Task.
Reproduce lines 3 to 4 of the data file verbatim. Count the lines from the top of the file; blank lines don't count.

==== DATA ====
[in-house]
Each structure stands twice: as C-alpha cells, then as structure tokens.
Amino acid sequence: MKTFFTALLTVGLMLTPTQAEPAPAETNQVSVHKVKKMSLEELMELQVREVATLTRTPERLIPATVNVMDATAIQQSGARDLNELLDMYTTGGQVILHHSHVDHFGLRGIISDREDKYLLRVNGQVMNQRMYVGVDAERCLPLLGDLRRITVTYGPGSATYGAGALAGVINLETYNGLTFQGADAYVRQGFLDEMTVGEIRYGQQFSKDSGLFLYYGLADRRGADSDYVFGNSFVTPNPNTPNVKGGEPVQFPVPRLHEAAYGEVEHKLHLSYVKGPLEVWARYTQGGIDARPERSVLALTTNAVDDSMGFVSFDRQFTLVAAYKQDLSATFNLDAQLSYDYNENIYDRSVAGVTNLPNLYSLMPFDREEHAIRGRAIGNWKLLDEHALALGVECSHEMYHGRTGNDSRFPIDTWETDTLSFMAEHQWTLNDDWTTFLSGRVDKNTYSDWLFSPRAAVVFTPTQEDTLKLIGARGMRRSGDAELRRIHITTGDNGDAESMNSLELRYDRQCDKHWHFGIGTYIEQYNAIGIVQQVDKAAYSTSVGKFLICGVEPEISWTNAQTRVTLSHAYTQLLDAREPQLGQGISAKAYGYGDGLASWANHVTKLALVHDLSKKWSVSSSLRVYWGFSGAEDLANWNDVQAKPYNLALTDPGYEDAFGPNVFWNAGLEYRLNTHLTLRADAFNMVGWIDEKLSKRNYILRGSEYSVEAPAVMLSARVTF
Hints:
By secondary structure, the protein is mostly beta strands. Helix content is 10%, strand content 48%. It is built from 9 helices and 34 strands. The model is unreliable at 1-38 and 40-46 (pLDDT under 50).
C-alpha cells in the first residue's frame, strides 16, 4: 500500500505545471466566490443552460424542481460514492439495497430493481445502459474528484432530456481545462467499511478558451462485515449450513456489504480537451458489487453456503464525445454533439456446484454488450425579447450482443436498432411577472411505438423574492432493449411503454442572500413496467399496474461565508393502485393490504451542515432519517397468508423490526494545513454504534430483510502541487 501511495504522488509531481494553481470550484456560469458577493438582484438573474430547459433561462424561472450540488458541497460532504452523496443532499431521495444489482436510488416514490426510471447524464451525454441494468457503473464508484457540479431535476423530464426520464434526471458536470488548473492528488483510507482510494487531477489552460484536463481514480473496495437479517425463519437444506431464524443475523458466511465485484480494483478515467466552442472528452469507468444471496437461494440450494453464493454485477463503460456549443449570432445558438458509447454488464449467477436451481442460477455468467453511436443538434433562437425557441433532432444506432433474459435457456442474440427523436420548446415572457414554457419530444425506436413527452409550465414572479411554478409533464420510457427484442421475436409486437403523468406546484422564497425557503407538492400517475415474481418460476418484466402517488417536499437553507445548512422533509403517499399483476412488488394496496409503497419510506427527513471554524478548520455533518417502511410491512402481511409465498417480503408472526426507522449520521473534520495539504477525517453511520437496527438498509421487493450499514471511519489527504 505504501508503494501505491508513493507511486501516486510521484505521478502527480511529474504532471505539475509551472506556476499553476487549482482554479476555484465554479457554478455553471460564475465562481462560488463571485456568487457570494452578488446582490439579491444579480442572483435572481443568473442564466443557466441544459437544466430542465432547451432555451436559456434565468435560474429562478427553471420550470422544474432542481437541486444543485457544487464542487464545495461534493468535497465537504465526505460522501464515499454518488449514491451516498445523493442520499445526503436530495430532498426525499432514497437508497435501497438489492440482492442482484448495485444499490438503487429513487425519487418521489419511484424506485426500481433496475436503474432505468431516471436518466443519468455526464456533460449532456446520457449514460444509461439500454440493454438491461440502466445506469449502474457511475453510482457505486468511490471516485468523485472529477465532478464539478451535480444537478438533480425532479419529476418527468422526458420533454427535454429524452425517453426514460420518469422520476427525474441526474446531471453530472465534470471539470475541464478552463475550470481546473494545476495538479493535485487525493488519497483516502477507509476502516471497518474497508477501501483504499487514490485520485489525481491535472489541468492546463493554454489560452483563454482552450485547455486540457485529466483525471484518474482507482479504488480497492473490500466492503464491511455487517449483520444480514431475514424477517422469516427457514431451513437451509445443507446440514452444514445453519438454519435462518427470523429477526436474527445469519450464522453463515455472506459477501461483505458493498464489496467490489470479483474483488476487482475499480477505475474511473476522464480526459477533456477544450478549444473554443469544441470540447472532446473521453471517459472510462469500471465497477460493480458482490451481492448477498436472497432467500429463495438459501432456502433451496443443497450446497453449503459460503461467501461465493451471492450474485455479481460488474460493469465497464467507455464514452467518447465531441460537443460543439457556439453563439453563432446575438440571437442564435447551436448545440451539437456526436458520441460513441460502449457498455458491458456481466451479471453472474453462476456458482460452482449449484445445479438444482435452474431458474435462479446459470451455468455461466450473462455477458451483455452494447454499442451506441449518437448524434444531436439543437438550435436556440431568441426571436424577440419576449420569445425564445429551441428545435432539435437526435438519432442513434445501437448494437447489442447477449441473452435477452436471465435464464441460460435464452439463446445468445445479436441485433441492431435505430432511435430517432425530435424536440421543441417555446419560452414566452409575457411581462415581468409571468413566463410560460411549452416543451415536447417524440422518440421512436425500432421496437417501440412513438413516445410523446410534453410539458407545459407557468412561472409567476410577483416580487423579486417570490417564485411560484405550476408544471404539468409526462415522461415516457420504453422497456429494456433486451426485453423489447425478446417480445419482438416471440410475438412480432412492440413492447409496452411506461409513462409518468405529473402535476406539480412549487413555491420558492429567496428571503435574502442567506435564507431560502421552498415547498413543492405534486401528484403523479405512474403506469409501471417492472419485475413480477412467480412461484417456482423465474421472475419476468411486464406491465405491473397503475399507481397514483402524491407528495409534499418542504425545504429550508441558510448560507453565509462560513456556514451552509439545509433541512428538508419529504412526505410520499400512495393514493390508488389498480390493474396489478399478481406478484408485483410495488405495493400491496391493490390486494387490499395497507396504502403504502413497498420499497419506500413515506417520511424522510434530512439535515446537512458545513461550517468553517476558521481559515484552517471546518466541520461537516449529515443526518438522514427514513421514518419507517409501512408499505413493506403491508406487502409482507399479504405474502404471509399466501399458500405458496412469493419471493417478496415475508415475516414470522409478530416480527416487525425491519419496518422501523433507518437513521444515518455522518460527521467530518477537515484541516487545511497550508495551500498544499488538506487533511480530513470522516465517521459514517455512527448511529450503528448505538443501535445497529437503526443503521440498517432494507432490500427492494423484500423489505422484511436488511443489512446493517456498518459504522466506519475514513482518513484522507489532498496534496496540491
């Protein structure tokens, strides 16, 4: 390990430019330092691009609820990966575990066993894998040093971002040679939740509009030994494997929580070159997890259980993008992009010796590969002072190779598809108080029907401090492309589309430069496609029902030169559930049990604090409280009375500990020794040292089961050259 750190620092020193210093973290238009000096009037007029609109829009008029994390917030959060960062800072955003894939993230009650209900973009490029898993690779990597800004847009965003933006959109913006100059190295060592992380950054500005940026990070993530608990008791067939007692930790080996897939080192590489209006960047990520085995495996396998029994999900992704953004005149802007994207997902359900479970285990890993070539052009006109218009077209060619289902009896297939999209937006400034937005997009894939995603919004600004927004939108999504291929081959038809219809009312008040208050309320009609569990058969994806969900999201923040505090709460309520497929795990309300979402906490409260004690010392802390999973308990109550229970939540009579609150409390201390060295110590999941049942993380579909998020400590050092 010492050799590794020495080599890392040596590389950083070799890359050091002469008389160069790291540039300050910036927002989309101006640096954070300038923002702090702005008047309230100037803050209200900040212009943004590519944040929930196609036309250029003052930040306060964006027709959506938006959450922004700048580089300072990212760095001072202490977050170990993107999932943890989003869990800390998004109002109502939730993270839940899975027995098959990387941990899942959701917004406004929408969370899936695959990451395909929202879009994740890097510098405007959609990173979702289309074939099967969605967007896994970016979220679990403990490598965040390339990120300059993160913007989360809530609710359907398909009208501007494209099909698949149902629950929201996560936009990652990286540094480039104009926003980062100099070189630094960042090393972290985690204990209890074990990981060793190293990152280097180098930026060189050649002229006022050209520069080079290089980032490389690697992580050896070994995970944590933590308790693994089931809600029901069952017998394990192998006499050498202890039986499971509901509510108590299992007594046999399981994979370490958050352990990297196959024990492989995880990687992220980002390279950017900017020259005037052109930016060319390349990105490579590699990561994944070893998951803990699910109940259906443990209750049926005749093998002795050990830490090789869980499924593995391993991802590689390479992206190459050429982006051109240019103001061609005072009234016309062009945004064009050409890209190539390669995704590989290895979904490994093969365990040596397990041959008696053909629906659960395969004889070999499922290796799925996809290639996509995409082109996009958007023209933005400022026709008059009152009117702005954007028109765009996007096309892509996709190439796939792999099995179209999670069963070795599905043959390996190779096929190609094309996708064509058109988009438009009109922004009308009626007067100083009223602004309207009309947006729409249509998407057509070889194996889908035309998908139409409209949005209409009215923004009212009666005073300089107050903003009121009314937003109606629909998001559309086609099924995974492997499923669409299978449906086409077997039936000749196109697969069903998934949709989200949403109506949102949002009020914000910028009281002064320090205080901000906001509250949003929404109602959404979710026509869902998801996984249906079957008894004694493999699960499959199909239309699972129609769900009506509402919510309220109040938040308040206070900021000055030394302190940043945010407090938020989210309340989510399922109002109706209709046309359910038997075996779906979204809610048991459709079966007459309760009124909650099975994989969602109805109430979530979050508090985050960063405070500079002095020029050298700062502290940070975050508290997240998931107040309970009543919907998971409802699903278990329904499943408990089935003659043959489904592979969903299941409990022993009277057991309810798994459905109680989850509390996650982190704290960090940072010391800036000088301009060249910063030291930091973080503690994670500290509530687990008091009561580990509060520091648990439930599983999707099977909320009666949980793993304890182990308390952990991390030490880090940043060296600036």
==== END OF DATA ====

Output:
Amino acid sequence: MKTFFTALLTVGLMLTPTQAEPAPAETNQVSVHKVKKMSLEELMELQVREVATLTRTPERLIPATVNVMDATAIQQSGARDLNELLDMYTTGGQVILHHSHVDHFGLRGIISDREDKYLLRVNGQVMNQRMYVGVDAERCLPLLGDLRRITVTYGPGSATYGAGALAGVINLETYNGLTFQGADAYVRQGFLDEMTVGEIRYGQQFSKDSGLFLYYGLADRRGADSDYVFGNSFVTPNPNTPNVKGGEPVQFPVPRLHEAAYGEVEHKLHLSYVKGPLEVWARYTQGGIDARPERSVLALTTNAVDDSMGFVSFDRQFTLVAAYKQDLSATFNLDAQLSYDYNENIYDRSVAGVTNLPNLYSLMPFDREEHAIRGRAIGNWKLLDEHALALGVECSHEMYHGRTGNDSRFPIDTWETDTLSFMAEHQWTLNDDWTTFLSGRVDKNTYSDWLFSPRAAVVFTPTQEDTLKLIGARGMRRSGDAELRRIHITTGDNGDAESMNSLELRYDRQCDKHWHFGIGTYIEQYNAIGIVQQVDKAAYSTSVGKFLICGVEPEISWTNAQTRVTLSHAYTQLLDAREPQLGQGISAKAYGYGDGLASWANHVTKLALVHDLSKKWSVSSSLRVYWGFSGAEDLANWNDVQAKPYNLALTDPGYEDAFGPNVFWNAGLEYRLNTHLTLRADAFNMVGWIDEKLSKRNYILRGSEYSVEAPAVMLSARVTF
Hints: